January is traditionally the second busiest month for divorce lawyers; September is the busiest. It seems that spending too much holiday time with your nearest and dearest, especially when aggravated by alcohol and other festive indulgences can lead to separation rather than closeness.
No matter what you hear, divorce or separation is always stressful for the people involved. There is a new way of divorce which cannot eliminate stress but can certainly help reduce it and we hope that more people will consider it as the dignified way forward.
It is called the collaborative approach to divorce. It works by having a series of four- way meetings with the couple and their solicitors trying to reach a negotiated settlement. The four way discussion creates a more imaginative and tailor made solutions to their own problems, rather than having the Court impose solutions on you. There are none of the nasty letters flying between the lawyers which often cause more anger and increase the costs in an adversarial divorce.
Each person has the support, protection and guidance of his or her own lawyer and together the lawyers and the parties meet to discuss all of the issues that the parties believe need to be addressed. The lawyers agree that they are there to help the parties resolve those issues constructively and that they are not there to take the case to Court. The lawyers are prevented from taking the case to Court.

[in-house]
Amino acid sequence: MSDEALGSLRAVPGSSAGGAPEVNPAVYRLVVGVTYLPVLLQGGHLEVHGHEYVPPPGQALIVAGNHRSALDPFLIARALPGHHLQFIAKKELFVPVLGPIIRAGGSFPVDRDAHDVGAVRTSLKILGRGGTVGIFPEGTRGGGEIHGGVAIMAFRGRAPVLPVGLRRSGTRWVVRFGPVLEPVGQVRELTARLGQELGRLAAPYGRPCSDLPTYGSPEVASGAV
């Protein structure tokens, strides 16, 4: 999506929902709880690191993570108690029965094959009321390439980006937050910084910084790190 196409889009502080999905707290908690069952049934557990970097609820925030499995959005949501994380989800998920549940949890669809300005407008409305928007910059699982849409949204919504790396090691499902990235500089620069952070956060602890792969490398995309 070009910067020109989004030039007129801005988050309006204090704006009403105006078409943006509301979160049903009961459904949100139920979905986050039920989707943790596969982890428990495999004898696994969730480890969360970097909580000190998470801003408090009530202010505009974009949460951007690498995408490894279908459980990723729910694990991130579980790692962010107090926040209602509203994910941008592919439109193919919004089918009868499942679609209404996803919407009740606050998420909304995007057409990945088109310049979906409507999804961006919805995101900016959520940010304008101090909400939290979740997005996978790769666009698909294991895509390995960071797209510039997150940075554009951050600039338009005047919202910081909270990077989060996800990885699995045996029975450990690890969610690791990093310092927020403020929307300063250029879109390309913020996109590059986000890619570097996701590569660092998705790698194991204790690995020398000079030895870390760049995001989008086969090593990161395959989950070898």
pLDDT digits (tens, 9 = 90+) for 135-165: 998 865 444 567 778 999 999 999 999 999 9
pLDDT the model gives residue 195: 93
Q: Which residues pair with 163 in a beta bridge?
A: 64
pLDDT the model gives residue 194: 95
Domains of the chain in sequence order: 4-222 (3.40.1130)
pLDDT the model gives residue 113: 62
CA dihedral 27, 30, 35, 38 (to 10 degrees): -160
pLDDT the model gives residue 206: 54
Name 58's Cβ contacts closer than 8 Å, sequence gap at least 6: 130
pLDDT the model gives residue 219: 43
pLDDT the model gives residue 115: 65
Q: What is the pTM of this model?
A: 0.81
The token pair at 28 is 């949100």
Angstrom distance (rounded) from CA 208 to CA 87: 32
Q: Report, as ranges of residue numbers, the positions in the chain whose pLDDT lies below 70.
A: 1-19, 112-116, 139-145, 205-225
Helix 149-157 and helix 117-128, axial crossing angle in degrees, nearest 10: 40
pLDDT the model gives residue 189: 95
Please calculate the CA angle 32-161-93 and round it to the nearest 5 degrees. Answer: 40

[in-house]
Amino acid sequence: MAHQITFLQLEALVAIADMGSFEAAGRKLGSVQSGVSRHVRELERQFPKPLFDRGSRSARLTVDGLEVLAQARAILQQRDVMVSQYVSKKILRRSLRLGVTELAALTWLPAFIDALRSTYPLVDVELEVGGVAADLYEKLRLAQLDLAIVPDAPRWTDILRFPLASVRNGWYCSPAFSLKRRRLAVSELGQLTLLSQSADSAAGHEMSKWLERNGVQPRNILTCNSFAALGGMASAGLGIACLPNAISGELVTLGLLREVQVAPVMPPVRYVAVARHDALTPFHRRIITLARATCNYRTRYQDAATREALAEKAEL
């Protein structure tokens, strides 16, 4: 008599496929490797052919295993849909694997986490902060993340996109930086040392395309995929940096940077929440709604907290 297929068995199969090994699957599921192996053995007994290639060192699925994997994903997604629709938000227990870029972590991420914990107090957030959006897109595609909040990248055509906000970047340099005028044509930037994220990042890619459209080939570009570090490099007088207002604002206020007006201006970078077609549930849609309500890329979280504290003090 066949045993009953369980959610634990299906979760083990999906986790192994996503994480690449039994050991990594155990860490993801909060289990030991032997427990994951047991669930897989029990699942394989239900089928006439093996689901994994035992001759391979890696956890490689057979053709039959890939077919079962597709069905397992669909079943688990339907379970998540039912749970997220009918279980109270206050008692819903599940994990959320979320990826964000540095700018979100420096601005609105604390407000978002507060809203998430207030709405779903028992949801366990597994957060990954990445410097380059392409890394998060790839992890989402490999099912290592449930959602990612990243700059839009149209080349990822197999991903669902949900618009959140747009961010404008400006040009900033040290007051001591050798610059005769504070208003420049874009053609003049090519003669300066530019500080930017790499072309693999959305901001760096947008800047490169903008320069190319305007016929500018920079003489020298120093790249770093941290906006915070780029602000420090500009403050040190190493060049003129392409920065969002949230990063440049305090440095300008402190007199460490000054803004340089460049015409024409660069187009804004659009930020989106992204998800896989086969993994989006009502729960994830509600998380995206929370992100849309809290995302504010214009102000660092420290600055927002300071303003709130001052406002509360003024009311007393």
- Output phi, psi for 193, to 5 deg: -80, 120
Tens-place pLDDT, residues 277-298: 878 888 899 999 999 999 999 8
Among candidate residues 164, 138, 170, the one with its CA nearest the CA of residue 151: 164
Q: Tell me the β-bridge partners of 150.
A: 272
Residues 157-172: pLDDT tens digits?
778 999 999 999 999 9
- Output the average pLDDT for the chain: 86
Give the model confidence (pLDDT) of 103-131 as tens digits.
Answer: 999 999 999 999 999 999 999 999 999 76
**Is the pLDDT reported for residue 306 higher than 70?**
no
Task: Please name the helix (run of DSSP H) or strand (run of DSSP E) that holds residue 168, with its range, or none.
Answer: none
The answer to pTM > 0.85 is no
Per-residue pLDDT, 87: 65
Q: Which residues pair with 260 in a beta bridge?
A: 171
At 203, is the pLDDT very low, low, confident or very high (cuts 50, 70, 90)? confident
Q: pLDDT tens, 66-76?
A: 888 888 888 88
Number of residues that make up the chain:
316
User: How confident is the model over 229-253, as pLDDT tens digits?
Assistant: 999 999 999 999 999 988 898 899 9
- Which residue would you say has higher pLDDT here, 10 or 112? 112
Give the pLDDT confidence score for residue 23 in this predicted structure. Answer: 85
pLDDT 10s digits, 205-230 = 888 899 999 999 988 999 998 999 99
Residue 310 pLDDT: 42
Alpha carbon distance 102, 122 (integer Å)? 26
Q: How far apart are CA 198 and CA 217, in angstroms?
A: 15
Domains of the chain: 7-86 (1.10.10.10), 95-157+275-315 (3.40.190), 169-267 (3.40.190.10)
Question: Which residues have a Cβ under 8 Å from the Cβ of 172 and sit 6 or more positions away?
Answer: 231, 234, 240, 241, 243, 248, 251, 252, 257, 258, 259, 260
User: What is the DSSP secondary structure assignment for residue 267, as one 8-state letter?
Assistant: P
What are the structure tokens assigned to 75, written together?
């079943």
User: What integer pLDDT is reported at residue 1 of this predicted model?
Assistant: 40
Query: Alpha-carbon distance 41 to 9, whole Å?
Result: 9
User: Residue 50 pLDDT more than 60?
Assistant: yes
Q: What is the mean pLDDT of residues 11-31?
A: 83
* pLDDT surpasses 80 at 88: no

This encourages open communication and information sharing so as to let people negotiate a mutually accepted settlement without using the Court. It also means that the couple can concentrate on the issues that are most important to them, and not the ones that the law deems to be important. Solutions can be agreed between the couple that suit them, rather than the couple having to fit into a decision imposed upon them by a Judge.
You can see how useful this would be if you need to sort out details about horses or pets and at the other end of the scale, if you are in partnership or business together. Creative solutions may enable you to keep the business going without causing undue hardship to either the couple themselves, or their employees and wider family members.
The couple might want to use a team of people. Oftentimes there are divorce coaches/counsellors involved to help a couple (either individually or together) work through their emotional or communication difficulties as well as IFAs and accountants to assist with financial information and planning for the future. Mediators or child specialists may be involved to help sort out issues about their children for example.
The process came to England about four years ago and it is really taking off. The more people hear about it the more they want to take this dignified way forward. It provides a much better role model for the children than the old adversarial approach; it helps couples who are involved in businesses or work in partnerships together to separate without adversely impacting on their business and it gives back control for the couple which otherwise they hand over to the Court.
I urge you to find out more about Collaborative Family Practice by contacting one of the specially trained collaborative lawyers in your area who are willing and able to assist you.